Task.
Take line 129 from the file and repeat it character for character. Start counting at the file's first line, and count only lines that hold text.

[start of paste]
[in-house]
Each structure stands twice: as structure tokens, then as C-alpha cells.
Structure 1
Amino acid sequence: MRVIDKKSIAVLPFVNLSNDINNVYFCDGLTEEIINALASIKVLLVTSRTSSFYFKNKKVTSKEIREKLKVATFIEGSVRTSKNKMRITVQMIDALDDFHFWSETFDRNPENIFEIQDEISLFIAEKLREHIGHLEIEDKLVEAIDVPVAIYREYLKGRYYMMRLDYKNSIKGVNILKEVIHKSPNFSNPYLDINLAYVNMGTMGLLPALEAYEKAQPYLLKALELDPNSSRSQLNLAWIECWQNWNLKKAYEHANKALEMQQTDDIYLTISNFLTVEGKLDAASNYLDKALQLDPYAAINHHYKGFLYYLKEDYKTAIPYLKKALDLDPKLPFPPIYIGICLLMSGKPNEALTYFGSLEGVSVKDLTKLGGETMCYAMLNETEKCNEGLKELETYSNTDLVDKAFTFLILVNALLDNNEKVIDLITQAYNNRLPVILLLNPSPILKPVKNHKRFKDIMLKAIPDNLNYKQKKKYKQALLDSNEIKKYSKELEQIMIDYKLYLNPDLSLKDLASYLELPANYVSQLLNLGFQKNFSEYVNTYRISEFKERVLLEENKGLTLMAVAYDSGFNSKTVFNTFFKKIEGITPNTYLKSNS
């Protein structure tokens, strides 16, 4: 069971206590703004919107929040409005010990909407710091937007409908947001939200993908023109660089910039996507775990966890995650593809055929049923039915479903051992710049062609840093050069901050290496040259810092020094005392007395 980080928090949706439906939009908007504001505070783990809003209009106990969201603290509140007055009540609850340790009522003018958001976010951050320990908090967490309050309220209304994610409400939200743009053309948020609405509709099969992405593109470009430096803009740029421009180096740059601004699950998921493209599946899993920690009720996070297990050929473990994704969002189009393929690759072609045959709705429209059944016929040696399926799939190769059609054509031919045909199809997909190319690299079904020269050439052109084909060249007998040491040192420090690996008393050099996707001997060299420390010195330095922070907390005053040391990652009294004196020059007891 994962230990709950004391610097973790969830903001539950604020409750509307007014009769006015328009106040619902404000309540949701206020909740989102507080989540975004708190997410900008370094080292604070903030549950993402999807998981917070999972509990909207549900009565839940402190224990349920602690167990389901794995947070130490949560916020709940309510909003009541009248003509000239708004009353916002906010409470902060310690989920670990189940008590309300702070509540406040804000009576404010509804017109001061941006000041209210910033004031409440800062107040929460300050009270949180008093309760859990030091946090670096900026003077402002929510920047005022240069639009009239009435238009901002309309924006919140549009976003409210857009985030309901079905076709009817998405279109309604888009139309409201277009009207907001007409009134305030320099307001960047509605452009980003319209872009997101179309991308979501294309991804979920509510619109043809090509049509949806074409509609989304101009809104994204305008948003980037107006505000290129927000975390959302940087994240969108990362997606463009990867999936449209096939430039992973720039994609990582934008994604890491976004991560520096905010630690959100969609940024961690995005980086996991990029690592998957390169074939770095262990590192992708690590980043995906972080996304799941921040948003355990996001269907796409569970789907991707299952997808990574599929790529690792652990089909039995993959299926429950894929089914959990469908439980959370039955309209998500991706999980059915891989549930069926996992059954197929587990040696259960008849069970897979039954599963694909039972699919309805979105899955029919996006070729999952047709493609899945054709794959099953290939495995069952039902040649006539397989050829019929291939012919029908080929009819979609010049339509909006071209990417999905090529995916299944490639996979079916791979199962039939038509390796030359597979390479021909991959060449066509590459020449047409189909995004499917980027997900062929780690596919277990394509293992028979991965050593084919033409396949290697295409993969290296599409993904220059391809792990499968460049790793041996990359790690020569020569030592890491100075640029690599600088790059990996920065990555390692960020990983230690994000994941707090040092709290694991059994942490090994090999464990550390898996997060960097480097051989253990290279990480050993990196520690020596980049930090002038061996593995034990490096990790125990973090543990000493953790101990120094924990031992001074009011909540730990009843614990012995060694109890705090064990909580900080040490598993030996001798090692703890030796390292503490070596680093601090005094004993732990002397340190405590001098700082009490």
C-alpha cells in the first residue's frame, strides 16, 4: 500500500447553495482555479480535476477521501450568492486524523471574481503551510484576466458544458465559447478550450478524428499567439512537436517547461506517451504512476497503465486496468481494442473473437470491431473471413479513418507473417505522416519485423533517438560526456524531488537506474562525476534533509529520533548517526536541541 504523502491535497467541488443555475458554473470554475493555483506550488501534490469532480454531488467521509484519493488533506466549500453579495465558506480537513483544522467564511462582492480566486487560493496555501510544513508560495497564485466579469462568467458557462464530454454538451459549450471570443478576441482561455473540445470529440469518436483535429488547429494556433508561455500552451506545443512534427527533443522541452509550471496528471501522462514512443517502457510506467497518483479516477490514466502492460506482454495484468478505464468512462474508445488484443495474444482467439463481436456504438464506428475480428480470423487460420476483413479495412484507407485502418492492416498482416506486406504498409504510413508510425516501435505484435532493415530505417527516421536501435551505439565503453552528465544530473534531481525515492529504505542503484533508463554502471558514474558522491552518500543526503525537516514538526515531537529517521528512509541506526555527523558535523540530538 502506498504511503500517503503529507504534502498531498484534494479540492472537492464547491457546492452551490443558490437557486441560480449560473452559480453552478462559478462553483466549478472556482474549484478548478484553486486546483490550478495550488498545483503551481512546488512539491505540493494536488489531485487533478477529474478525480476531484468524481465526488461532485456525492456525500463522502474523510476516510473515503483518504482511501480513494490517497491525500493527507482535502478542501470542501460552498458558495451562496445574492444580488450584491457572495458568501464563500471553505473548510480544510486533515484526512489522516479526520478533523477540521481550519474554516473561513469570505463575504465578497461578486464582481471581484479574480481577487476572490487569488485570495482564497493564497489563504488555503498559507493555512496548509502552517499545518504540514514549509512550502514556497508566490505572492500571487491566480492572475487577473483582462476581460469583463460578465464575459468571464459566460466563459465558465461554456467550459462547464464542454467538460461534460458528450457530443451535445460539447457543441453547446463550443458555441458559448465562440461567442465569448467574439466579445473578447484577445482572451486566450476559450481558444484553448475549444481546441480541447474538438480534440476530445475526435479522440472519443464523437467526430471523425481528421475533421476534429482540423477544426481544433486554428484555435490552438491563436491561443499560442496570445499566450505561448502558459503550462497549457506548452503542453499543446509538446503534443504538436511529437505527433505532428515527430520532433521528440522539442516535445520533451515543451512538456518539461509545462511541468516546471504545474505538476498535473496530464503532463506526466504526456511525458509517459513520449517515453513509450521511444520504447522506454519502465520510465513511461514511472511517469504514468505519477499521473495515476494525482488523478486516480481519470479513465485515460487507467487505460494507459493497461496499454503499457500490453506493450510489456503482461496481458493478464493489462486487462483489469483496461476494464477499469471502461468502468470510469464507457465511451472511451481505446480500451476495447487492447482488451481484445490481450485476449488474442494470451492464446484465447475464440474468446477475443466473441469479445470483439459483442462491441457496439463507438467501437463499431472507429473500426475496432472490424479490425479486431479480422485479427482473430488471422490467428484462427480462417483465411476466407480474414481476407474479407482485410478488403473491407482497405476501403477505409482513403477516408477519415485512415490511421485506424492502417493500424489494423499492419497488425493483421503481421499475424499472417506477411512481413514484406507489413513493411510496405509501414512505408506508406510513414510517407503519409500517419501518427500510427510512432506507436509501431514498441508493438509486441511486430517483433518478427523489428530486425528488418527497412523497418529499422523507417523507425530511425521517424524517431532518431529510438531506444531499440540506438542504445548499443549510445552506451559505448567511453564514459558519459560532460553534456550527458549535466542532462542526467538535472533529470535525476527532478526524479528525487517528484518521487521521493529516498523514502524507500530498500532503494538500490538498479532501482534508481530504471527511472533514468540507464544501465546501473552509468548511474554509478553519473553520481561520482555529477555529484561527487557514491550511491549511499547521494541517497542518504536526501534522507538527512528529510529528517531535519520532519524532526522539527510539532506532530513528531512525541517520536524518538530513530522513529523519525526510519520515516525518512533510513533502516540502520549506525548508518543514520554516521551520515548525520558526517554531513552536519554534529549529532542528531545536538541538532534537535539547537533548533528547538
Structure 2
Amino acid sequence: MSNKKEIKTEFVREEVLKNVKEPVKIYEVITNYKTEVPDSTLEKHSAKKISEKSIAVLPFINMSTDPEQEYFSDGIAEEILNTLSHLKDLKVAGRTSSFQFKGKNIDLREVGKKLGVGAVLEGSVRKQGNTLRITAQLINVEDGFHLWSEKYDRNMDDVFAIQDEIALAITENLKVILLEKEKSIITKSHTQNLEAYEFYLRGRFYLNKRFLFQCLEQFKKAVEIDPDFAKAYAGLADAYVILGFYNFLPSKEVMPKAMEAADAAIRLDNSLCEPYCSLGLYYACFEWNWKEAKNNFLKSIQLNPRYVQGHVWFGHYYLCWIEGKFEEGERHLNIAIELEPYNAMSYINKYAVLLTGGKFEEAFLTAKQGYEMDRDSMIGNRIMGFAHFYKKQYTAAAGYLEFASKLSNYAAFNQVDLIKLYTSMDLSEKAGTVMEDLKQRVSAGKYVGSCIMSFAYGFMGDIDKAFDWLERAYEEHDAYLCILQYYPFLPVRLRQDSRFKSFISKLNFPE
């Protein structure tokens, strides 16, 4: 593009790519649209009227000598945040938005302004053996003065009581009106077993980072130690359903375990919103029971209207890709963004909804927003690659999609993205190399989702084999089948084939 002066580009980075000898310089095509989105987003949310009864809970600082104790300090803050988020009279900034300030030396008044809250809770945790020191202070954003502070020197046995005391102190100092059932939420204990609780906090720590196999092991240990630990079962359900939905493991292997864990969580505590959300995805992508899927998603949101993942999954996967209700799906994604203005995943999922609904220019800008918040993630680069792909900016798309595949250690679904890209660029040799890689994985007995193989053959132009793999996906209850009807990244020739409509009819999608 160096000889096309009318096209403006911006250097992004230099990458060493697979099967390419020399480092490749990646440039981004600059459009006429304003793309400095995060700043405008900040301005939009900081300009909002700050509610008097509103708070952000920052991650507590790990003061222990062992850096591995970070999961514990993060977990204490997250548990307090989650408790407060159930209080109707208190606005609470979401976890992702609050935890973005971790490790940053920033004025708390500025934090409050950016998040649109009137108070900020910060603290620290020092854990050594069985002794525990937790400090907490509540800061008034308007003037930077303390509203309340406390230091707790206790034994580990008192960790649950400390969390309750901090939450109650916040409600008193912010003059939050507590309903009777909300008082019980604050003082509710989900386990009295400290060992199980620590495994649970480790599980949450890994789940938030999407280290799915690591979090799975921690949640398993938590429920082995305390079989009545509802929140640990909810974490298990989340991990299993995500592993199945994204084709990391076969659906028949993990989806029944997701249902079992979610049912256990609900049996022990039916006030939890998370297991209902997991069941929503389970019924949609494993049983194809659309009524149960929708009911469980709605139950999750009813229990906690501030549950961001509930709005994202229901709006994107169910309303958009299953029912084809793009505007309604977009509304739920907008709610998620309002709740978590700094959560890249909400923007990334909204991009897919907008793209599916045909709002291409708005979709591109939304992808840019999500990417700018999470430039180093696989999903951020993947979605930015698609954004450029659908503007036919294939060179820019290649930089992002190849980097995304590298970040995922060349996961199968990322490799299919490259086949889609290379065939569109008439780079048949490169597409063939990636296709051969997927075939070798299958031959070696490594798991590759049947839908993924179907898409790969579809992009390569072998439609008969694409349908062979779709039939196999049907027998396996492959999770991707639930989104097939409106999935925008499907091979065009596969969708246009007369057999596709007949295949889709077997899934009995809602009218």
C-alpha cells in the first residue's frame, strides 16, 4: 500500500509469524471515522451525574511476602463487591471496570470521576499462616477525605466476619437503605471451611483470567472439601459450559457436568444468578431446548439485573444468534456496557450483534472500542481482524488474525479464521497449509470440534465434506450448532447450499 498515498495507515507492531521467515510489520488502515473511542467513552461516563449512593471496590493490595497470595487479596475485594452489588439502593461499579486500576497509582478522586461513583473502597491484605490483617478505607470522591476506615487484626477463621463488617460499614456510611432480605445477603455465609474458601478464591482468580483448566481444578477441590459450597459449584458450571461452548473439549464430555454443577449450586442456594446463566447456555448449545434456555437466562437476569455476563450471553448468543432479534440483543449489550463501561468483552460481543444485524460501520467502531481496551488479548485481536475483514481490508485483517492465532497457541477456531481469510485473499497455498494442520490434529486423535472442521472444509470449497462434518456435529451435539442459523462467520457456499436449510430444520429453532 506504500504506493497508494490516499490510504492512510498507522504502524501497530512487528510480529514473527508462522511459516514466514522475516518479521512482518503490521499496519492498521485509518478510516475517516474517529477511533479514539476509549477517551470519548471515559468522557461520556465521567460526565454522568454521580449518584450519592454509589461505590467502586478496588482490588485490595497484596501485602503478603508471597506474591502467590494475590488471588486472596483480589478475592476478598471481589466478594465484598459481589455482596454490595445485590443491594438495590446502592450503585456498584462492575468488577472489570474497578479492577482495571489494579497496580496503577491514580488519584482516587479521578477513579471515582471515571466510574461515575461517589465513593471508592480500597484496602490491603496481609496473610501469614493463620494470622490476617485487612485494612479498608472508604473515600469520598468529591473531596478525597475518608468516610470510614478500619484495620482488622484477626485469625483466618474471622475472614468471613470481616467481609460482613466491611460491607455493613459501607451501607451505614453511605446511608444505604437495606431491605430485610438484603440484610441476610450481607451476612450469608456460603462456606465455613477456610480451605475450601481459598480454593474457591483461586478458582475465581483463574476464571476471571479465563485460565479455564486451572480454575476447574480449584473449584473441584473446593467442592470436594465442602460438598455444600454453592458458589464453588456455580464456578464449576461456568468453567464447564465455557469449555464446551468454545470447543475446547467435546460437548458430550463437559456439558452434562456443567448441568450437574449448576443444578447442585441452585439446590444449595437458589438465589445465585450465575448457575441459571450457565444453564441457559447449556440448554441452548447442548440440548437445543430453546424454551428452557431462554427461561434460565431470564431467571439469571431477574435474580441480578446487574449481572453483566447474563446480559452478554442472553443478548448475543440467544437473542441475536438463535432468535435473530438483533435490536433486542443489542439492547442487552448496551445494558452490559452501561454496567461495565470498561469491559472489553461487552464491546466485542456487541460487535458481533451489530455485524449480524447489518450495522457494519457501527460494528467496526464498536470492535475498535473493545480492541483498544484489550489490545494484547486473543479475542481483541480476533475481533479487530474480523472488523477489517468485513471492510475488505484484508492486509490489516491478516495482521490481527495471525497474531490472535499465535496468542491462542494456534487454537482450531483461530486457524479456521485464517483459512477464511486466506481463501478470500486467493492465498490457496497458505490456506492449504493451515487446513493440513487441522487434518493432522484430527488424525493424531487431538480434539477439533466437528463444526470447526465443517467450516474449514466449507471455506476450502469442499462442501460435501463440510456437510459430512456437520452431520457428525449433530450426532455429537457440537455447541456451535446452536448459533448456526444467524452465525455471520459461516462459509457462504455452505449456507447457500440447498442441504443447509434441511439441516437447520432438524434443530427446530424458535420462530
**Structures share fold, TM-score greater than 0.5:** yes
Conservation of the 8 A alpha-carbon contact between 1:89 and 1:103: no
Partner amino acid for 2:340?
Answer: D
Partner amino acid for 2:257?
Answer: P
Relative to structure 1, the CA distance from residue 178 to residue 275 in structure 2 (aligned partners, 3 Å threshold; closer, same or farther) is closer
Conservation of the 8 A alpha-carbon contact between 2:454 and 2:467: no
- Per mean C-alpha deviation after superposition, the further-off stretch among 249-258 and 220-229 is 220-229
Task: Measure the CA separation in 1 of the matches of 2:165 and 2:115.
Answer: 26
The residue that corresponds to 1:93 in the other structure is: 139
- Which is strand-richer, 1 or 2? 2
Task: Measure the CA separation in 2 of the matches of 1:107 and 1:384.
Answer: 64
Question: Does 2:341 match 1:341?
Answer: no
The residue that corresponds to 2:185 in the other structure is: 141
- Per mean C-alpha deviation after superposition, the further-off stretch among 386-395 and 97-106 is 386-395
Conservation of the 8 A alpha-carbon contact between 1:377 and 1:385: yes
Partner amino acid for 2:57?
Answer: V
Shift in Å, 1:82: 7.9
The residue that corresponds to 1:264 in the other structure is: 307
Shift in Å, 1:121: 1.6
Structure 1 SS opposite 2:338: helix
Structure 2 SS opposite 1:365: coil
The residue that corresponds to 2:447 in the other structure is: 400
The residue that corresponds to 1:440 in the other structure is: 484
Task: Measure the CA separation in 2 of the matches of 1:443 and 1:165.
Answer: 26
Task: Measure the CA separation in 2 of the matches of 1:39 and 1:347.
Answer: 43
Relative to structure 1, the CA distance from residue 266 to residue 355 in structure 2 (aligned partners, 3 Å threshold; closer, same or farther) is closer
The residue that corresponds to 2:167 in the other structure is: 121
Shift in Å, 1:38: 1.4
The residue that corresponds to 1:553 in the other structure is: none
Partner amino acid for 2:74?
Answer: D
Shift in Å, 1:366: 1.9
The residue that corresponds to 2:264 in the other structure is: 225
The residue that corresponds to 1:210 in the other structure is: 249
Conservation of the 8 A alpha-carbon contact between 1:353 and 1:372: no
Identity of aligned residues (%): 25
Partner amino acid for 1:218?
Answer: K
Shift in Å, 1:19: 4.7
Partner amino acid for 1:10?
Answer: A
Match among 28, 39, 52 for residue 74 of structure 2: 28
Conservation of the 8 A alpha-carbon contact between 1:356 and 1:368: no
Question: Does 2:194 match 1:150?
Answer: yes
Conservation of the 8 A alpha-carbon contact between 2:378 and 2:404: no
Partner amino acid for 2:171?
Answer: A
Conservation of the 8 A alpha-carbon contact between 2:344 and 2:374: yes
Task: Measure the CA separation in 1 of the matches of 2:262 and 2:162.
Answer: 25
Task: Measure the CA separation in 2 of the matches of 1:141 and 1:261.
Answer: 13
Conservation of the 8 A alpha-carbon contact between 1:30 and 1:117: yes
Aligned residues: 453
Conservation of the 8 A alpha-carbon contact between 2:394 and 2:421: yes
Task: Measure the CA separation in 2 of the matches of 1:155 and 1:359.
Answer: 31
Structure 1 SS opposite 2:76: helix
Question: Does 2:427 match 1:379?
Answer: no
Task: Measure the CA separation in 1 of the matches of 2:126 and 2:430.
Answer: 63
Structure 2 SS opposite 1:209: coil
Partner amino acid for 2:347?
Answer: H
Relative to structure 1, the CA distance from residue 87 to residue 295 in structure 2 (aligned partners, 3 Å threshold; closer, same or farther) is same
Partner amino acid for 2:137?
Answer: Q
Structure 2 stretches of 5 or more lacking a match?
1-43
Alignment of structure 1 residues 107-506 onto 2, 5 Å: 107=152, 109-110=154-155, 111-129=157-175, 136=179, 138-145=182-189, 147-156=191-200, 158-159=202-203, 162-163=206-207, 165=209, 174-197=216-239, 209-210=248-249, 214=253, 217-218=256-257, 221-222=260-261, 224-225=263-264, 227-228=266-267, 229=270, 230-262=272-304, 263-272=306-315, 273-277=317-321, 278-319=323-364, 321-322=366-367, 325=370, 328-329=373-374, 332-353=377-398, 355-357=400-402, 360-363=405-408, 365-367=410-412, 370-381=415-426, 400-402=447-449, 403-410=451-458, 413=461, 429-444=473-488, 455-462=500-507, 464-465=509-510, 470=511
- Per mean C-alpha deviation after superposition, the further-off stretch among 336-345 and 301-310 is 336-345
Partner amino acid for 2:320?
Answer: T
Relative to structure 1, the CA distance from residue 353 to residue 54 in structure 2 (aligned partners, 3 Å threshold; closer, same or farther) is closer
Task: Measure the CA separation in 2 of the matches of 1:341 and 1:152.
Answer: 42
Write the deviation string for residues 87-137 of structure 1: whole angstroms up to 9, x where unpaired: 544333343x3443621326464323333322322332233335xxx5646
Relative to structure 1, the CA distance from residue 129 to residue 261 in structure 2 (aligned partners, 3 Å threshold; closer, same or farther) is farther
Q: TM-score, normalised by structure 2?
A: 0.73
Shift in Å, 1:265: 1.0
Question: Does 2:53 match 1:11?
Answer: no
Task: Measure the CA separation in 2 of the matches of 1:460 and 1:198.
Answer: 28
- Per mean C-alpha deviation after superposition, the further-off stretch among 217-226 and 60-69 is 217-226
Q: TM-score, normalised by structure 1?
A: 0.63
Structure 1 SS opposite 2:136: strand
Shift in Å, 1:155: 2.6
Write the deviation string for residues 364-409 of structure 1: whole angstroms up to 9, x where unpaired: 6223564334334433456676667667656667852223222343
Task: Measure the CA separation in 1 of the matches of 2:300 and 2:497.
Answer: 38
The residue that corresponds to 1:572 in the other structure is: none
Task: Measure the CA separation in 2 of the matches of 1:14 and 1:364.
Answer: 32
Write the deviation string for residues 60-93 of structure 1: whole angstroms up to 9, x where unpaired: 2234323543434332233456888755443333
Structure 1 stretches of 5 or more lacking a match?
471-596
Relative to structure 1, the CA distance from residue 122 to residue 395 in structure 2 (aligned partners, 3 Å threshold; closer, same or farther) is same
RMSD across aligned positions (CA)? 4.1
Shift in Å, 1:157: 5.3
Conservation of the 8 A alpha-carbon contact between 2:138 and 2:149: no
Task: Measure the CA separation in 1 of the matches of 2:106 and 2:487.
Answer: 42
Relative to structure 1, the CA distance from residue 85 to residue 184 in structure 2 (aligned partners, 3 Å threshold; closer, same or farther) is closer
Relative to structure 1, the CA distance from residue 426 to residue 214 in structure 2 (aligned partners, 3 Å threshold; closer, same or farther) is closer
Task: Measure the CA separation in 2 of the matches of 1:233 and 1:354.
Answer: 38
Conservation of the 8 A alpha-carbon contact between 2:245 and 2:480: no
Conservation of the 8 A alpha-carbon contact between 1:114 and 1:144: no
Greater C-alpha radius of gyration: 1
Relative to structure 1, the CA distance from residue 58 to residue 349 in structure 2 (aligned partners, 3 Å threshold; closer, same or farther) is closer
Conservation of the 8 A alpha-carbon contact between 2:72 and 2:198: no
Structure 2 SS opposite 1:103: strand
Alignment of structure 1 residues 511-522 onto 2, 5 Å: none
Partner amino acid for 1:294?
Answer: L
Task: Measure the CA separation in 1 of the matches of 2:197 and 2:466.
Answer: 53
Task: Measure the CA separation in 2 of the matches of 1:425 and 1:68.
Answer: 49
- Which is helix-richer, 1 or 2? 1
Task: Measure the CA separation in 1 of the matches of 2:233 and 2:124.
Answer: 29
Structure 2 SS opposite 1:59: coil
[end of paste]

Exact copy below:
Answer: 38